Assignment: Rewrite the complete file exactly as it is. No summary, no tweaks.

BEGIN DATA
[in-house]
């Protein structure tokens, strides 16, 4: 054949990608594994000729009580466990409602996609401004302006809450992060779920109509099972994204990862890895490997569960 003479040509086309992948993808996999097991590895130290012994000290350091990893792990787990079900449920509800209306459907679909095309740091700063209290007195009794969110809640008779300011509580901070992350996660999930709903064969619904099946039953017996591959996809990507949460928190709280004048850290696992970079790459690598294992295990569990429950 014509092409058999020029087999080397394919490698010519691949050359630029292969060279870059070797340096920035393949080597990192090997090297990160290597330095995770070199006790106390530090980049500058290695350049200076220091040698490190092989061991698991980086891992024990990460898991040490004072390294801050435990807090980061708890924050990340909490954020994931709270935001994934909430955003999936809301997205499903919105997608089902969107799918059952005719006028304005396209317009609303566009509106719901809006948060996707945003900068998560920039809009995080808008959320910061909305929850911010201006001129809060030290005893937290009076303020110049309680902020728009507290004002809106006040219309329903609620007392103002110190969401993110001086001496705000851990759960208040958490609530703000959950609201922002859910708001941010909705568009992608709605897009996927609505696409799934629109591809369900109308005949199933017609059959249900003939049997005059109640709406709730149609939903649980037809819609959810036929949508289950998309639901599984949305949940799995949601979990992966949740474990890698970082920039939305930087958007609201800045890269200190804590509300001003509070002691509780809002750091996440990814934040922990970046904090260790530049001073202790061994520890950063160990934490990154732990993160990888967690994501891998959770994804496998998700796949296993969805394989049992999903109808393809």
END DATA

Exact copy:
[in-house]
């Protein structure tokens, strides 16, 4: 054949990608594994000729009580466990409602996609401004302006809450992060779920109509099972994204990862890895490997569960 003479040509086309992948993808996999097991590895130290012994000290350091990893792990787990079900449920509800209306459907679909095309740091700063209290007195009794969110809640008779300011509580901070992350996660999930709903064969619904099946039953017996591959996809990507949460928190709280004048850290696992970079790459690598294992295990569990429950 014509092409058999020029087999080397394919490698010519691949050359630029292969060279870059070797340096920035393949080597990192090997090297990160290597330095995770070199006790106390530090980049500058290695350049200076220091040698490190092989061991698991980086891992024990990460898991040490004072390294801050435990807090980061708890924050990340909490954020994931709270935001994934909430955003999936809301997205499903919105997608089902969107799918059952005719006028304005396209317009609303566009509106719901809006948060996707945003900068998560920039809009995080808008959320910061909305929850911010201006001129809060030290005893937290009076303020110049309680902020728009507290004002809106006040219309329903609620007392103002110190969401993110001086001496705000851990759960208040958490609530703000959950609201922002859910708001941010909705568009992608709605897009996927609505696409799934629109591809369900109308005949199933017609059959249900003939049997005059109640709406709730149609939903649980037809819609959810036929949508289950998309639901599984949305949940799995949601979990992966949740474990890698970082920039939305930087958007609201800045890269200190804590509300001003509070002691509780809002750091996440990814934040922990970046904090260790530049001073202790061994520890950063160990934490990154732990993160990888967690994501891998959770994804496998998700796949296993969805394989049992999903109808393809």